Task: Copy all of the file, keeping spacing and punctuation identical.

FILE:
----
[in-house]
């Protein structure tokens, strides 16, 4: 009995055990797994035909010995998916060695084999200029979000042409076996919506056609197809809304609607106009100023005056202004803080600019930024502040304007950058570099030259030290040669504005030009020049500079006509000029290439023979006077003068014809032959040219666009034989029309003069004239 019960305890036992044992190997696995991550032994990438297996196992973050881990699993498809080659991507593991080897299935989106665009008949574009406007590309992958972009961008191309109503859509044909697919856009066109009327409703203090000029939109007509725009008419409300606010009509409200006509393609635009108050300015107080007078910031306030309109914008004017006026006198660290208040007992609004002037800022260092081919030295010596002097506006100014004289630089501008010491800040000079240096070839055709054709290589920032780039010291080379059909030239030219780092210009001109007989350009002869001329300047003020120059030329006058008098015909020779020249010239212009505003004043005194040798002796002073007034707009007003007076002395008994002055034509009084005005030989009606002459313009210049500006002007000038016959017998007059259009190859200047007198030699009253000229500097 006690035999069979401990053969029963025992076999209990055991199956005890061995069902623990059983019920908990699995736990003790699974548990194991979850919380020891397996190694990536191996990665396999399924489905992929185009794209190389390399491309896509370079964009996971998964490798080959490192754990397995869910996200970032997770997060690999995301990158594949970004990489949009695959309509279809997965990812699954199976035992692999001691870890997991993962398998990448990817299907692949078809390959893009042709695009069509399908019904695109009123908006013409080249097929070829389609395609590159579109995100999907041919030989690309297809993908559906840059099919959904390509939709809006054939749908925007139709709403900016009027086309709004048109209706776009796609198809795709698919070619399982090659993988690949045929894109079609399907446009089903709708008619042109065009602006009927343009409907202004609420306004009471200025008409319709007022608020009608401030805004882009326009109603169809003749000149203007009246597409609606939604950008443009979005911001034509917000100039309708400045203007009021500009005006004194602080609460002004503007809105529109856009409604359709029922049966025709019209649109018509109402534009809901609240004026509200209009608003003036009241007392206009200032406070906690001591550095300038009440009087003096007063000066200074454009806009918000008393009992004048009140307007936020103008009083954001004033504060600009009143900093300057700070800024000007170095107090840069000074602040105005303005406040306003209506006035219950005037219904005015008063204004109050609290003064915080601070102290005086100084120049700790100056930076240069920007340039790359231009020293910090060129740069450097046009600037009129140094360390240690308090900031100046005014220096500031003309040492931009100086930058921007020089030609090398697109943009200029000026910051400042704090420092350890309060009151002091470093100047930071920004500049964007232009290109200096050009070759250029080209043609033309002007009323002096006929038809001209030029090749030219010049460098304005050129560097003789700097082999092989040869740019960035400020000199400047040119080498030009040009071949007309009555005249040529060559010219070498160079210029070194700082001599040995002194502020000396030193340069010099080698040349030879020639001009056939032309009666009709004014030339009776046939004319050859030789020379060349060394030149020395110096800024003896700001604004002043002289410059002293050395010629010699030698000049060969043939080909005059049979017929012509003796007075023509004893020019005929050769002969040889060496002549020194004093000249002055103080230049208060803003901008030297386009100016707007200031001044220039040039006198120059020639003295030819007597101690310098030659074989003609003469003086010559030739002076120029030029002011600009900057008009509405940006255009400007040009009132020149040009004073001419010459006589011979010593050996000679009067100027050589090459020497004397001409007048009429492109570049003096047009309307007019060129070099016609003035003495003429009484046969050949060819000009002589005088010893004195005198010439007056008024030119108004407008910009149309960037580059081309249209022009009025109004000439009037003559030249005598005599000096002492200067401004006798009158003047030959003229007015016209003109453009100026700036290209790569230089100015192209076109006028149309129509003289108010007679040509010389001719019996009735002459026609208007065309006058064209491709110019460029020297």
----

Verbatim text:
[in-house]
């Protein structure tokens, strides 16, 4: 009995055990797994035909010995998916060695084999200029979000042409076996919506056609197809809304609607106009100023005056202004803080600019930024502040304007950058570099030259030290040669504005030009020049500079006509000029290439023979006077003068014809032959040219666009034989029309003069004239 019960305890036992044992190997696995991550032994990438297996196992973050881990699993498809080659991507593991080897299935989106665009008949574009406007590309992958972009961008191309109503859509044909697919856009066109009327409703203090000029939109007509725009008419409300606010009509409200006509393609635009108050300015107080007078910031306030309109914008004017006026006198660290208040007992609004002037800022260092081919030295010596002097506006100014004289630089501008010491800040000079240096070839055709054709290589920032780039010291080379059909030239030219780092210009001109007989350009002869001329300047003020120059030329006058008098015909020779020249010239212009505003004043005194040798002796002073007034707009007003007076002395008994002055034509009084005005030989009606002459313009210049500006002007000038016959017998007059259009190859200047007198030699009253000229500097 006690035999069979401990053969029963025992076999209990055991199956005890061995069902623990059983019920908990699995736990003790699974548990194991979850919380020891397996190694990536191996990665396999399924489905992929185009794209190389390399491309896509370079964009996971998964490798080959490192754990397995869910996200970032997770997060690999995301990158594949970004990489949009695959309509279809997965990812699954199976035992692999001691870890997991993962398998990448990817299907692949078809390959893009042709695009069509399908019904695109009123908006013409080249097929070829389609395609590159579109995100999907041919030989690309297809993908559906840059099919959904390509939709809006054939749908925007139709709403900016009027086309709004048109209706776009796609198809795709698919070619399982090659993988690949045929894109079609399907446009089903709708008619042109065009602006009927343009409907202004609420306004009471200025008409319709007022608020009608401030805004882009326009109603169809003749000149203007009246597409609606939604950008443009979005911001034509917000100039309708400045203007009021500009005006004194602080609460002004503007809105529109856009409604359709029922049966025709019209649109018509109402534009809901609240004026509200209009608003003036009241007392206009200032406070906690001591550095300038009440009087003096007063000066200074454009806009918000008393009992004048009140307007936020103008009083954001004033504060600009009143900093300057700070800024000007170095107090840069000074602040105005303005406040306003209506006035219950005037219904005015008063204004109050609290003064915080601070102290005086100084120049700790100056930076240069920007340039790359231009020293910090060129740069450097046009600037009129140094360390240690308090900031100046005014220096500031003309040492931009100086930058921007020089030609090398697109943009200029000026910051400042704090420092350890309060009151002091470093100047930071920004500049964007232009290109200096050009070759250029080209043609033309002007009323002096006929038809001209030029090749030219010049460098304005050129560097003789700097082999092989040869740019960035400020000199400047040119080498030009040009071949007309009555005249040529060559010219070498160079210029070194700082001599040995002194502020000396030193340069010099080698040349030879020639001009056939032309009666009709004014030339009776046939004319050859030789020379060349060394030149020395110096800024003896700001604004002043002289410059002293050395010629010699030698000049060969043939080909005059049979017929012509003796007075023509004893020019005929050769002969040889060496002549020194004093000249002055103080230049208060803003901008030297386009100016707007200031001044220039040039006198120059020639003295030819007597101690310098030659074989003609003469003086010559030739002076120029030029002011600009900057008009509405940006255009400007040009009132020149040009004073001419010459006589011979010593050996000679009067100027050589090459020497004397001409007048009429492109570049003096047009309307007019060129070099016609003035003495003429009484046969050949060819000009002589005088010893004195005198010439007056008024030119108004407008910009149309960037580059081309249209022009009025109004000439009037003559030249005598005599000096002492200067401004006798009158003047030959003229007015016209003109453009100026700036290209790569230089100015192209076109006028149309129509003289108010007679040509010389001719019996009735002459026609208007065309006058064209491709110019460029020297």